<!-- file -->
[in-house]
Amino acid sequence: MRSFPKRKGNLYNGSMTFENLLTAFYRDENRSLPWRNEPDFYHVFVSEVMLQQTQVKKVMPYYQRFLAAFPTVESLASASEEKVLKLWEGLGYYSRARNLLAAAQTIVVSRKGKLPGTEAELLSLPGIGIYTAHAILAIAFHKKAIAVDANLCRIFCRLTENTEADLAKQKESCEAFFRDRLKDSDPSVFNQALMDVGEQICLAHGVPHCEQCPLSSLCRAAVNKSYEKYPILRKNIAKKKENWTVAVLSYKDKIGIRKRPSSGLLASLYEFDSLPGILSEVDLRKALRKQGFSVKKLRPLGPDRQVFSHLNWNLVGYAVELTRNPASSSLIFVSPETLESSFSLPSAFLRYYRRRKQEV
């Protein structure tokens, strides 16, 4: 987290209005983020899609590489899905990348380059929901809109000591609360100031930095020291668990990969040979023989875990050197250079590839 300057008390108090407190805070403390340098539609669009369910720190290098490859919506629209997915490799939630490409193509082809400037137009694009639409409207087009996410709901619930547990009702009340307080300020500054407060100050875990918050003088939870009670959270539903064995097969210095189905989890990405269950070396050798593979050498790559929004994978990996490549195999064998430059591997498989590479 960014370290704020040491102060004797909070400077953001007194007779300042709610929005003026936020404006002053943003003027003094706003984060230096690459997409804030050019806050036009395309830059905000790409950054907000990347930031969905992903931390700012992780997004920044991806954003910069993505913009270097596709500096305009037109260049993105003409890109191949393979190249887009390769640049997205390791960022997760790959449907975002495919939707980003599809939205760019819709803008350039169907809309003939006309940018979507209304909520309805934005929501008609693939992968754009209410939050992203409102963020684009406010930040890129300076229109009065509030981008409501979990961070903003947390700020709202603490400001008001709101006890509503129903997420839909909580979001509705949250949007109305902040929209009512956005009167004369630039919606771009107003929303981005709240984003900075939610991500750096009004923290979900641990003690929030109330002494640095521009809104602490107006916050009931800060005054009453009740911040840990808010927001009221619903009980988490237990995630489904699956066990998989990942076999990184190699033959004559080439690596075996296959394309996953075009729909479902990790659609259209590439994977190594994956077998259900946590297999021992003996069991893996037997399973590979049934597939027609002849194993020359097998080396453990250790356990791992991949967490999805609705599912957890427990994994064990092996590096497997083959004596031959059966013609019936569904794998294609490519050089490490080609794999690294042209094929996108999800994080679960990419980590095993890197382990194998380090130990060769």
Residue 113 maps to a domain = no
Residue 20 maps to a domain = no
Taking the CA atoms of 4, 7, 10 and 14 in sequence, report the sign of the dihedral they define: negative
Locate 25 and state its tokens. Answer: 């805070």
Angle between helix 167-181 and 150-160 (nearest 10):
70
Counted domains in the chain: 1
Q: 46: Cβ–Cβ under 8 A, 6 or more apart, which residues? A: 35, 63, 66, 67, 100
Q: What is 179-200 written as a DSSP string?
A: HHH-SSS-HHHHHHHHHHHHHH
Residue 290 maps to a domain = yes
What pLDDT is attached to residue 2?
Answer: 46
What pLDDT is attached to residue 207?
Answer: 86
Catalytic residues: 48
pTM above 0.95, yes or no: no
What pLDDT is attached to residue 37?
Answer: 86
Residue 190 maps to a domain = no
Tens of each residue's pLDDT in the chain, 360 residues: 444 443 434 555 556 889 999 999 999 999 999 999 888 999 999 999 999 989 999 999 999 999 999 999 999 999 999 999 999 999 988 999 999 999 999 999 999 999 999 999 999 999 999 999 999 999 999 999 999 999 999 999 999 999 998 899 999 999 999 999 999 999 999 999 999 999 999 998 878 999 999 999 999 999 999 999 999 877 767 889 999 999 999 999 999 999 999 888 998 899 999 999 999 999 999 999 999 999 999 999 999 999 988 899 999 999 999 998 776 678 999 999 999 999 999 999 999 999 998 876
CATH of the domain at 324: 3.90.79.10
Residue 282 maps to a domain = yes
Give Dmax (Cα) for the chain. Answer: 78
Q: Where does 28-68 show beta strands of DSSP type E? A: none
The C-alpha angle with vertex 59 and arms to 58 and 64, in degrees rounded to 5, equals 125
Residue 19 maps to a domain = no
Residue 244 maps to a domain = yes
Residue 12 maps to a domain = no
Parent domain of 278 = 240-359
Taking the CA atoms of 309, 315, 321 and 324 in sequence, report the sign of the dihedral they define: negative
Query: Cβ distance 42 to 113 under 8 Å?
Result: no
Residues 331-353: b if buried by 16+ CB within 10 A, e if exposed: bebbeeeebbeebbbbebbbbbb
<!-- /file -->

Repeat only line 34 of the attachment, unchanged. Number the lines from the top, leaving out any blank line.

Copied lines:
Taking the CA atoms of 309, 315, 321 and 324 in sequence, report the sign of the dihedral they define: negative